Poor Victoria.  On the night, she was pleasant enough, but had the definite look of someone who was there because she was doing a favour for someone.  Far too well-mannered to give monosyllabic answers, she instead engaged in pleasant chit-chat with Jimmy Tarbuck who did his considerable best to make the whole thing funny.  He fed her lines, and she batted them away, he asked her the sort of questions to which virtually every comedian has stock replies: who were your comedy influences, what makes you laugh, what was your worst ever gig?  No dice.

She was unfailingly polite, nice…and unfunny. Afterwards, Tarby was baffled.  A born laughter-maker, he had – has – a wealth of jokes and one-liners with which he could fill the gaps, but he couldn’t understand why he was having to do all the work.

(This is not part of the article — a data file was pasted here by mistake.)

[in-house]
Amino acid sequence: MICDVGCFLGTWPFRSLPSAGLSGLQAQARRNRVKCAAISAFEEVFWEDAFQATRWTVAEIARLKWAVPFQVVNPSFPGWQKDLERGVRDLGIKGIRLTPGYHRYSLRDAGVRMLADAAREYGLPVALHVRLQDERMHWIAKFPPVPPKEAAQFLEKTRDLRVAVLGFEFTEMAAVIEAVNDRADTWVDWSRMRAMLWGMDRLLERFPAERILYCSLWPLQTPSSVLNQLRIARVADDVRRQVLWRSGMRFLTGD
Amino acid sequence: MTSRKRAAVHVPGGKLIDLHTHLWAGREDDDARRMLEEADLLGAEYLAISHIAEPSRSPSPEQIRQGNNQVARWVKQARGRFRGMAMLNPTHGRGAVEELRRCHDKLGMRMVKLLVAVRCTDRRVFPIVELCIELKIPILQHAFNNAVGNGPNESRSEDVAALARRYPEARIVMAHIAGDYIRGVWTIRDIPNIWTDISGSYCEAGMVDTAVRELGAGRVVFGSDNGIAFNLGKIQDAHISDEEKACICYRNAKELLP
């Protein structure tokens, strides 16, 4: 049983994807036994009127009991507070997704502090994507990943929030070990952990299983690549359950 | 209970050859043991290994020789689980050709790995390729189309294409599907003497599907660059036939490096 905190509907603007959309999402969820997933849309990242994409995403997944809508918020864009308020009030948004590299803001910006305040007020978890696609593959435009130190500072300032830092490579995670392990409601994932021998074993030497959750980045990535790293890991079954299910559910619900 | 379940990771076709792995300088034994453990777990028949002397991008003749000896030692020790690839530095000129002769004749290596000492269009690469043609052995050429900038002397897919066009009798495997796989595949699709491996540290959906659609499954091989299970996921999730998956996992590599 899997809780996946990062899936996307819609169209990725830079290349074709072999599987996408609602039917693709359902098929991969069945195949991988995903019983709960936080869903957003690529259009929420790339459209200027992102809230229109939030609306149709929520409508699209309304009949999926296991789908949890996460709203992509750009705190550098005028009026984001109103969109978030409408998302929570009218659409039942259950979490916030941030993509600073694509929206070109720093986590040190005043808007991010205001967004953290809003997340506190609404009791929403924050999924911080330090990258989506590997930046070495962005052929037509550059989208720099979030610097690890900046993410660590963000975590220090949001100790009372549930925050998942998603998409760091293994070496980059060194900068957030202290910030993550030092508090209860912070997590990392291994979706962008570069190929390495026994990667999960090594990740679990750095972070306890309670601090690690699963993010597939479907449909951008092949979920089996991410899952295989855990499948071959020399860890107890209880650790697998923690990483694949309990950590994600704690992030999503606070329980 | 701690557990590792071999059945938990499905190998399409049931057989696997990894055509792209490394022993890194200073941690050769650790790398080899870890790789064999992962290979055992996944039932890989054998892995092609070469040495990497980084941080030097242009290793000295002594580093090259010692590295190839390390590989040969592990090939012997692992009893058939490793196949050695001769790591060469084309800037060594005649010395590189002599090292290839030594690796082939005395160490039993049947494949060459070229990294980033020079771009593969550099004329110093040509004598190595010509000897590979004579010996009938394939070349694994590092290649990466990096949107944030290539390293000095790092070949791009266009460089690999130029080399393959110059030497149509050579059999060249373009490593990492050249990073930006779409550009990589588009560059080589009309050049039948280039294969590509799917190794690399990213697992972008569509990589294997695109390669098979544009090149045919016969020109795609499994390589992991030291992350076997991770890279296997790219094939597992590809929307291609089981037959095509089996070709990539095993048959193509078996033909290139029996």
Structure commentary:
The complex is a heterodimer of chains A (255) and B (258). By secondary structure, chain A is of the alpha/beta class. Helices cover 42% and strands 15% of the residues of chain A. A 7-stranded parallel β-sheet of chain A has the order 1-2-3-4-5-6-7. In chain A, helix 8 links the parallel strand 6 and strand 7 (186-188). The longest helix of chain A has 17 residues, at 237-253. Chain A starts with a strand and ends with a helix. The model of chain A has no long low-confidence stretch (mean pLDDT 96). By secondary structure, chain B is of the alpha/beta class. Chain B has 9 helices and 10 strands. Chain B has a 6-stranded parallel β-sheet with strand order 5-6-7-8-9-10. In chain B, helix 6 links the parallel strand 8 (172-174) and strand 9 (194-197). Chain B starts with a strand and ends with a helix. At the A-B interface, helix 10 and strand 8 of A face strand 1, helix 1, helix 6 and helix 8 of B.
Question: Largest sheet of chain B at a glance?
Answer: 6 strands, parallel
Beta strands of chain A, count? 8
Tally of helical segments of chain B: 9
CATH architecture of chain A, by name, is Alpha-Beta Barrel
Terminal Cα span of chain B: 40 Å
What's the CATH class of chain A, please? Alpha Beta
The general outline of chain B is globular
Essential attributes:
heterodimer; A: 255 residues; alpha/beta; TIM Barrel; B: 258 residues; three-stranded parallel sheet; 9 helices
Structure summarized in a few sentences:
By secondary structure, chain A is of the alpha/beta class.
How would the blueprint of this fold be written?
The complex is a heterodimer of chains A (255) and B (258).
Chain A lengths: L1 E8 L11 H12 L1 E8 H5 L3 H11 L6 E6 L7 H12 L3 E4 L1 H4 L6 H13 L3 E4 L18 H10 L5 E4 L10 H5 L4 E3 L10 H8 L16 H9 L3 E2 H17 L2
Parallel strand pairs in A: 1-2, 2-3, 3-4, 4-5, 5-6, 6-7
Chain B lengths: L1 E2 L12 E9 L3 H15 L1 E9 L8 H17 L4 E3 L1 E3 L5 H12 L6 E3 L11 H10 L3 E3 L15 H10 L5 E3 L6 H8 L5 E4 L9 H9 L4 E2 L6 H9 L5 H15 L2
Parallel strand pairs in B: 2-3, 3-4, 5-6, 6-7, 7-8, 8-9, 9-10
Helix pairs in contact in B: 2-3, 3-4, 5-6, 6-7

In the edit, we somehow extracted a vaguely diverting five minutes from an excruciating 15 minute interview.

I read in an obituary this morning that she was considered a little dour off-stage.  This seems a bit harsh.  But comics are seldom funny all the time; the ones that try to be are – in my experience – very tiresome.

 

So because I think she was hilarious and gifted, here are a couple of clips.  The first is Victoria Wood’s song, “Let’s Do It”.  I thought I was the only one who loved this song.  Turns out everyone does.  I would have known, only middle-aged men don’t often get to talk about how much they like the comic songs of Victoria Wood.  Listening to it on the news last night, it reminded me of Noel Coward’s song, “Nina from Argentina”.  Both have fabulously complicated lyrics, and both are – essentially – about the same subject: lack of desire.